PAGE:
The Swift Certain Fair (SCF) Initiative provides grants and assistance to states, units of local government, and federally recognized Indian tribes to develop, implement, and test an SCF program model.The SCF Initiative is part of BJA's Innovations in Public Safety portfolio, also known as the "Innovations Suite." BJA's Innovations Suite of programs invests in the development of practitioner-researcher partnerships that use data, evidence, and innovation to create strategies and interventions that are effective and economical.The SCF principles are: swiftness—respond to behavior promptly so that offenders connect the response to their behavior; certainty—be consistent and predictable with sanctions; and fairness—make sanctions proportionate to negative behavior. These principles can have a positive impact by reducing antisocial and criminal behavior; enhancing offenders' perceptions that supervision decisions are fair, which increases compliance; and increasing collaboration with justice partners.The SCF Initiative is strongly grounded in research that shows crime is generally committed by people for whom deferred and low probability threats of severe punishment are less effective than immediate and high probability threats of mild punishment. And a broad body of behavioral research shows that swift and certain rewards for positive behavior can be powerful incentives to comply with rules. Swift and certain responses to probationers violating their terms of probation send a consistent message about personal responsibility and accountability. Additionally, research has shown that swift and consistent responses to behaviors improve the perception that the system is fair and increases compliance.Given the growing body of research and practice reinforcing the potential of approaches that employ the core SCF concepts, BJA supports jurisdictions and agencies interested in developing or enhancing their SCF efforts with implementation models informed by research and responsive to local circumstances. Since every jurisdiction has a unique set of circumstances, the problem, environment, and resources are different, and those differences must be reflected in design decisions.The objectives of the SCF initiative are to:• Develop and implement supervision strategies based on the SCF principles, including responses to positive and negative client behavior.• Evaluate the efficacy of those strategies to reduce recidivism.• Increase the number of supervision decisions (e.g., assignment of conditions of supervision and responses to violations of those conditions, responses to antisocial behavior that do not rise to the level of violating conditions of supervision) that are fair and consistently applied, and with consequences that are transparent.• Promote and increase collaboration among agencies and officials who work in probation, parole, pretrial, law enforcement, treatment, reentry, and related community corrections fields.• Develop a plan to sustain SCF supervision strategies and related collaborations beyond the award period.• Develop and implement strategies for the identification, targeting, supervision, and treatment of "high risk/high needs" offenders who are being supervised in the community.• Increase the number of participants in programs based on the SCF model who believe that the supervision decisions are fair and consistently applied, and the consequences are transparent.Since it was launched in fiscal year (FY) 2011, the SCF initiative has awarded a total of $15,576,014 to 24 grantees and their research partners. For a list of grantees, visit www.bja.gov/funding.aspx#3.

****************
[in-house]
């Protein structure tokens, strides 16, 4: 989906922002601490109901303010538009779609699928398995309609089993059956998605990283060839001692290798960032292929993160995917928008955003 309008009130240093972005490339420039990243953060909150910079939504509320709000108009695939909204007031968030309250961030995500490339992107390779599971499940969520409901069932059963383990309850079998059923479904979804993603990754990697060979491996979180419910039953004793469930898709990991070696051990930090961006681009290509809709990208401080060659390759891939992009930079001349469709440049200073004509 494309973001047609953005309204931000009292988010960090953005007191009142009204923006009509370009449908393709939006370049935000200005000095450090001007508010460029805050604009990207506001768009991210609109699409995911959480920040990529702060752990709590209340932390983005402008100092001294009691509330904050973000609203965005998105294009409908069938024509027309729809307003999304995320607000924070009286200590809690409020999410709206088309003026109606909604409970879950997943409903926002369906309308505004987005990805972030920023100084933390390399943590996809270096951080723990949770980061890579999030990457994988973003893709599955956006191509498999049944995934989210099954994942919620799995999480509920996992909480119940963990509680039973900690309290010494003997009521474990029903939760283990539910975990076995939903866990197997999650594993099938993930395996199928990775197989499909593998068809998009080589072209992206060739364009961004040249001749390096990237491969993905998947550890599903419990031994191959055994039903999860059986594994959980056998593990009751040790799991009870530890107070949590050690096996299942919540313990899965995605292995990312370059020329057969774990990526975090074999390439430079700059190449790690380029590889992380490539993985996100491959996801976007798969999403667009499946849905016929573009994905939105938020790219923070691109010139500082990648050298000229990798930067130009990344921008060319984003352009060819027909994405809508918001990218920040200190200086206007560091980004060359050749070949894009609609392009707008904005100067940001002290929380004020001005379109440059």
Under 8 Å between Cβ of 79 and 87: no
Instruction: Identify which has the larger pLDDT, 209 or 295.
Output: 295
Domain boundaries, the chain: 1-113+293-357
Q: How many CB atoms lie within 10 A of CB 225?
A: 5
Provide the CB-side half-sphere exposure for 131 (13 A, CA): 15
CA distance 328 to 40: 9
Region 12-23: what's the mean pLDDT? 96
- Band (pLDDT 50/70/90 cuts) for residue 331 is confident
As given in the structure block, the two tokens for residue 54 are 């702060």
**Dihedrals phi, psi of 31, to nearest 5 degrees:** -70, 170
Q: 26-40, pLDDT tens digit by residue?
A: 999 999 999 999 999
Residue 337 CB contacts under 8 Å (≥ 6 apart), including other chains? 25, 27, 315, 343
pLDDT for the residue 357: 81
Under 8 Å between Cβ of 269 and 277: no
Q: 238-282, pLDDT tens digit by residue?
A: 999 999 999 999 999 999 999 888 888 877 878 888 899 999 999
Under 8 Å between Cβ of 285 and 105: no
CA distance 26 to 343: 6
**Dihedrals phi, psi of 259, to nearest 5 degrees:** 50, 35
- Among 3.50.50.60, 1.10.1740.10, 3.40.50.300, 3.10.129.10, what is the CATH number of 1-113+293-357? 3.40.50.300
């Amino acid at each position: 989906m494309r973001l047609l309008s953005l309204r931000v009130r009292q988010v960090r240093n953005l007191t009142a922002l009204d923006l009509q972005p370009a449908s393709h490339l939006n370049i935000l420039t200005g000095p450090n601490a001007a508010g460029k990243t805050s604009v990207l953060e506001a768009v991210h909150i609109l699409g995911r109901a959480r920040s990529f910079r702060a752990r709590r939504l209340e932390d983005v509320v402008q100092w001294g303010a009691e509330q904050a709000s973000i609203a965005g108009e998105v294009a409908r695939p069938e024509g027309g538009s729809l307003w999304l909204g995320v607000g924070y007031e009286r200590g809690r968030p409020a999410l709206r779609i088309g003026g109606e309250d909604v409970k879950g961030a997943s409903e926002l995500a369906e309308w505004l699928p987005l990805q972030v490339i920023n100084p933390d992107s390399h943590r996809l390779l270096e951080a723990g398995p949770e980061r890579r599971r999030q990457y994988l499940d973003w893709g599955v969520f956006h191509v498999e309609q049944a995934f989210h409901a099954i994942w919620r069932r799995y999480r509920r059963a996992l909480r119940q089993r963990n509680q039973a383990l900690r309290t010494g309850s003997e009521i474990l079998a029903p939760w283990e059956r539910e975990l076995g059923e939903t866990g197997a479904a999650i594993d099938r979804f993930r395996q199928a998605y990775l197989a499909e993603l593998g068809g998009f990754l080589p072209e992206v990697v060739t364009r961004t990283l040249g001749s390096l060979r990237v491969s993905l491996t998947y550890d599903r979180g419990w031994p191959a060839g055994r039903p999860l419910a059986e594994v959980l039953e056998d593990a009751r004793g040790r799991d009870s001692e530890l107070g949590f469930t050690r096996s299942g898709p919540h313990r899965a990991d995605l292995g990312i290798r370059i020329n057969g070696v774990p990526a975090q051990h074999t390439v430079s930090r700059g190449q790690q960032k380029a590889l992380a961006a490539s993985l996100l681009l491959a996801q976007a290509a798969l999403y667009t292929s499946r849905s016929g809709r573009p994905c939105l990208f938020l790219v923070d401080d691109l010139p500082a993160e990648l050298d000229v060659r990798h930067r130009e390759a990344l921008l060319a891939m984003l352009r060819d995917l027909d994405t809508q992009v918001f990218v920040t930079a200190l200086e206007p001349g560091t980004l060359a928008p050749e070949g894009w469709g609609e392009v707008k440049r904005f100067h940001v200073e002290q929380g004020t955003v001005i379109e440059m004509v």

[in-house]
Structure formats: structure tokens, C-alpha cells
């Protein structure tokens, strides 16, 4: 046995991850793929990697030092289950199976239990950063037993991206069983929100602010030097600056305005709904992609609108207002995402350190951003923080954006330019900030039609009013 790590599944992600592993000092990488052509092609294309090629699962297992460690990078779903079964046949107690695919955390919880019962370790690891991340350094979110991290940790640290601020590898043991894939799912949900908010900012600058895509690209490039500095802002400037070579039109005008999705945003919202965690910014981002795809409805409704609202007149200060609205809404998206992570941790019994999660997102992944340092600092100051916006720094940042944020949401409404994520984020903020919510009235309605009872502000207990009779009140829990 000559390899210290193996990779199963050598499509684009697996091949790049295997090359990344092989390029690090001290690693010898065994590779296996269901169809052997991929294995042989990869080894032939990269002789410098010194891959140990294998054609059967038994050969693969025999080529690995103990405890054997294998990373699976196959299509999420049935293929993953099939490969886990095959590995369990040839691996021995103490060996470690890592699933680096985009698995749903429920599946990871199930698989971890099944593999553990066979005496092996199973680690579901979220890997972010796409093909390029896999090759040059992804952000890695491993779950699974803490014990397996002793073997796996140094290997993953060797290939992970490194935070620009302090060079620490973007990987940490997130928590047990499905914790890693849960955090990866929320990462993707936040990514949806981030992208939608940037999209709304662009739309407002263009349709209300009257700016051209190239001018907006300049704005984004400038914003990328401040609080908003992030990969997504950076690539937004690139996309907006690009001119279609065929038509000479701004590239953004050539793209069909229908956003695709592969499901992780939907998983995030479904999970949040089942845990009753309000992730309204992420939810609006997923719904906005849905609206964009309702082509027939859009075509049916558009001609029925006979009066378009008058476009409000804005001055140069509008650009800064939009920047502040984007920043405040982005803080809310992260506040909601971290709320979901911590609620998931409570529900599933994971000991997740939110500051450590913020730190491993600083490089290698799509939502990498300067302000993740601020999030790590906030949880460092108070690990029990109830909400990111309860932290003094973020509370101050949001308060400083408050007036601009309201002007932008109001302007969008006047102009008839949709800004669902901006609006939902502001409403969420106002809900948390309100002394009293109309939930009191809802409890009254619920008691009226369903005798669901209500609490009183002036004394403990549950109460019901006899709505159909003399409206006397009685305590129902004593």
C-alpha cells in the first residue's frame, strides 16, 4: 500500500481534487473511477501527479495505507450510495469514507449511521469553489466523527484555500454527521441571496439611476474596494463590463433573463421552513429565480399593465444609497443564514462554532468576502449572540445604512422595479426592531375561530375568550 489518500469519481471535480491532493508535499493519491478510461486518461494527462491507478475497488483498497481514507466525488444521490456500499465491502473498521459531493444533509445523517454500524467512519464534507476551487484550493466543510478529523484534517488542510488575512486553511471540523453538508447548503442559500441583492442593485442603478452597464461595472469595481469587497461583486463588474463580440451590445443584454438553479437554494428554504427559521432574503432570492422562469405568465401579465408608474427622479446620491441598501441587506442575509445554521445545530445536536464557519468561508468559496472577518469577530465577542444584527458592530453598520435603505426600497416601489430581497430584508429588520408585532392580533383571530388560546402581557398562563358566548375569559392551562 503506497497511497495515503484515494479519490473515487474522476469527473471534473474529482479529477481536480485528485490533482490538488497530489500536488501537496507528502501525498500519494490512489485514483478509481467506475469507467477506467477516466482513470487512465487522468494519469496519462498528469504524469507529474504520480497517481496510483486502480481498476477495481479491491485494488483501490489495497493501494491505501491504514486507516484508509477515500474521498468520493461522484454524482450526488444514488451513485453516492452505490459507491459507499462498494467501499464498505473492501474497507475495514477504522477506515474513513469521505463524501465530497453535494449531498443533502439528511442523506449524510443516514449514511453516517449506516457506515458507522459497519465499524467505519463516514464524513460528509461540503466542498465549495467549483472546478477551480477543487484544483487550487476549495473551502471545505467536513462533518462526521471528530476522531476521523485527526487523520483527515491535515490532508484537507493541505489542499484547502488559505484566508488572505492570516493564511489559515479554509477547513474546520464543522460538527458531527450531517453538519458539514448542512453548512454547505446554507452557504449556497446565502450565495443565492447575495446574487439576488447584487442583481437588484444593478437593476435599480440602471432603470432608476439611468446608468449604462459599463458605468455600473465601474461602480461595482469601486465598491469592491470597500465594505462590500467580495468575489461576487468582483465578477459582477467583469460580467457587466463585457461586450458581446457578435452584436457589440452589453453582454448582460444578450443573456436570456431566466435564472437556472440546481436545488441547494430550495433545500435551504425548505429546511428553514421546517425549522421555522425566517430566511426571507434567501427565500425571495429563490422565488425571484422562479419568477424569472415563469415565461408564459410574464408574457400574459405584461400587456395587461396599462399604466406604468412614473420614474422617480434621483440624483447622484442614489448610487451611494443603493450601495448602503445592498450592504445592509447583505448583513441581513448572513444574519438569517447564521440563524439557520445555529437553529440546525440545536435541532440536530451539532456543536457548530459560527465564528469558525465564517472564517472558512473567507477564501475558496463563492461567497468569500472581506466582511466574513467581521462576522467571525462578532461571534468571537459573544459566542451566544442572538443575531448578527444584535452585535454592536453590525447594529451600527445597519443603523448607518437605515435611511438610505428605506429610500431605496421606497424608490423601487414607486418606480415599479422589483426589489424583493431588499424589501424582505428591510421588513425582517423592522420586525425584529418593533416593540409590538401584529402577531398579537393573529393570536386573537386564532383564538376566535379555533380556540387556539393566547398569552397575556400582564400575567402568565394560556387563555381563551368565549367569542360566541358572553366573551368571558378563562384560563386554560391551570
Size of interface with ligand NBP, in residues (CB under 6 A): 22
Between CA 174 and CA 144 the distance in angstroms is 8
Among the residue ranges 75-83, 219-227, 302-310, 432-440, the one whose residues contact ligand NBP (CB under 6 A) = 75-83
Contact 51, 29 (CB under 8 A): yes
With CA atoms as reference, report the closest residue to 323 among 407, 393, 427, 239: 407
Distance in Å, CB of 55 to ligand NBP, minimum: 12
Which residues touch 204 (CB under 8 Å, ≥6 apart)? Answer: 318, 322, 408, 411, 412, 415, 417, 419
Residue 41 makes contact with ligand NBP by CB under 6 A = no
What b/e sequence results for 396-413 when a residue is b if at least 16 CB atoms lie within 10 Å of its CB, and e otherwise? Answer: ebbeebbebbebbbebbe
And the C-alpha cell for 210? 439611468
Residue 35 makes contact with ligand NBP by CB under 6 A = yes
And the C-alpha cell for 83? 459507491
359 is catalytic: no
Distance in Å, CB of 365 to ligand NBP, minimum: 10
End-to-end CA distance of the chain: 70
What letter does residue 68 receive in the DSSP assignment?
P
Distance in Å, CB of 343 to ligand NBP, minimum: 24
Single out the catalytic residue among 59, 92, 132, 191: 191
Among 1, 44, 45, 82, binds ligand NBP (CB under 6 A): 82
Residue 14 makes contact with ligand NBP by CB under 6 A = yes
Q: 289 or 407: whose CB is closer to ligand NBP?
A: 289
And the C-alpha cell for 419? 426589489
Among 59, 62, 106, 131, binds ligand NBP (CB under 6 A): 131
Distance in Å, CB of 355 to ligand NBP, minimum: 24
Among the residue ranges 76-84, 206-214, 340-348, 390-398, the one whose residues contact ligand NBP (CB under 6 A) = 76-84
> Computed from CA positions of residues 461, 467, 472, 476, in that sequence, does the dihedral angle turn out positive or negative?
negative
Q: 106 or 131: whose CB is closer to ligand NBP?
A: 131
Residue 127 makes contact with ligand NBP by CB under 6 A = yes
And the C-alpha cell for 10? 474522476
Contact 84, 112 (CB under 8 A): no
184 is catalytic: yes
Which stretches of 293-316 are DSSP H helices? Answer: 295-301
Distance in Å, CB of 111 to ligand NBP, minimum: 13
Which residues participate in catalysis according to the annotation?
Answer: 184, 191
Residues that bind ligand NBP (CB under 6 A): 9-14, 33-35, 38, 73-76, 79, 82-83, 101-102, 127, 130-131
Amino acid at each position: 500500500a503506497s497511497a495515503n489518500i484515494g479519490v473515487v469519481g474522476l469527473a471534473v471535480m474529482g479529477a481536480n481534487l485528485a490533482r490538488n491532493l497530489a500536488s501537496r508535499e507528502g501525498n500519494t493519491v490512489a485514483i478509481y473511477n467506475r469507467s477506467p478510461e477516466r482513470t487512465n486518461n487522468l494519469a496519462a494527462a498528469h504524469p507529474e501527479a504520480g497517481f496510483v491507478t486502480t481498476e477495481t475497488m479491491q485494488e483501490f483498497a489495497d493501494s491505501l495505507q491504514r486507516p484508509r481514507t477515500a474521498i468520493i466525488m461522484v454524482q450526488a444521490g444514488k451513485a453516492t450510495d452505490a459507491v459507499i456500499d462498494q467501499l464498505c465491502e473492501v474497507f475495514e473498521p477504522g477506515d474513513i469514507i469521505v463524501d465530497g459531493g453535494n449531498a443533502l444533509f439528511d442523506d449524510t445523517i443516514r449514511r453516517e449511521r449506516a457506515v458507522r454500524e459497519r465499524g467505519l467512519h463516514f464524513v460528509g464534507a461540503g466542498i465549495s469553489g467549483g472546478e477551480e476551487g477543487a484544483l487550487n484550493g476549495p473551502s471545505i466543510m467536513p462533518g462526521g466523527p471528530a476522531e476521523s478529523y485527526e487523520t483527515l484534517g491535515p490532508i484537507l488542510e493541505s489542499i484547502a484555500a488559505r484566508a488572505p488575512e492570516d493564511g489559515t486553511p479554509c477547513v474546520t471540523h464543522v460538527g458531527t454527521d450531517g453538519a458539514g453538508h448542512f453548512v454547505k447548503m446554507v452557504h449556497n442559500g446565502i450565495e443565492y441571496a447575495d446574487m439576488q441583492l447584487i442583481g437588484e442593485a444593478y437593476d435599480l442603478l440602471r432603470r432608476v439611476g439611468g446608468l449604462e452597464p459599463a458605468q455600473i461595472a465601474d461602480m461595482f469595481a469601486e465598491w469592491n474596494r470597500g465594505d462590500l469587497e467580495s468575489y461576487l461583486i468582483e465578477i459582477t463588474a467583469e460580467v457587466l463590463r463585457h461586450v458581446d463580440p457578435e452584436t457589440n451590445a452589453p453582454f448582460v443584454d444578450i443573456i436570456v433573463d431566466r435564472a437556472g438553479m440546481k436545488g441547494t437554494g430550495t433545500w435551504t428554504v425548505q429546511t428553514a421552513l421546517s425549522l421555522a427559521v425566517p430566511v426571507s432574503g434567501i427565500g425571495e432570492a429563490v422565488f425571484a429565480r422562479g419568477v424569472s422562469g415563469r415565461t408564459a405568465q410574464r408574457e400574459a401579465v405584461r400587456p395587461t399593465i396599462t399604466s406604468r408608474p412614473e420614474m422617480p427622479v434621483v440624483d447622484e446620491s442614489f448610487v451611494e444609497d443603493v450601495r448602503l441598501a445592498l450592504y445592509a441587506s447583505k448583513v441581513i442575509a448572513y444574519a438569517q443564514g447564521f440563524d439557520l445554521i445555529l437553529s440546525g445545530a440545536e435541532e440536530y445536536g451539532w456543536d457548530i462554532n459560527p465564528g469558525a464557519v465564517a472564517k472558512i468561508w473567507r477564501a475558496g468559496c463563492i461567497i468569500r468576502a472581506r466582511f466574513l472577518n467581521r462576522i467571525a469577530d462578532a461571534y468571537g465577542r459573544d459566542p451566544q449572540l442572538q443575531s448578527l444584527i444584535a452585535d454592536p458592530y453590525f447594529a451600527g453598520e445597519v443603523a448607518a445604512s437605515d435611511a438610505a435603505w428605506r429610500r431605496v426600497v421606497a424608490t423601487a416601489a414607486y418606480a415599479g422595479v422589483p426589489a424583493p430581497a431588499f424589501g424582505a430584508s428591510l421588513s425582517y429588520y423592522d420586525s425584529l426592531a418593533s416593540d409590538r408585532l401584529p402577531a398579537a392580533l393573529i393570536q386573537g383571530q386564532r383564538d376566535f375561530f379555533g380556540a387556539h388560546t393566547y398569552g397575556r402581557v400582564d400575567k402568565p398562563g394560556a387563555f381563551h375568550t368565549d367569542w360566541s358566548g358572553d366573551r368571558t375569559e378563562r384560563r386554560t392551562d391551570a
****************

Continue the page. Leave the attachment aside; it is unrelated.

For guidance about identifying and working with a research partner, visit: http://www.psnmsu.com/documents/ResearchPartnerQ&A.pdf.The following resources provide information on developing, implementing, and evaluating SCF strategies:• BJA Center for Research Partnerships and Program Evaluation (CRPPE)https://www.bja.gov/programs/crppe/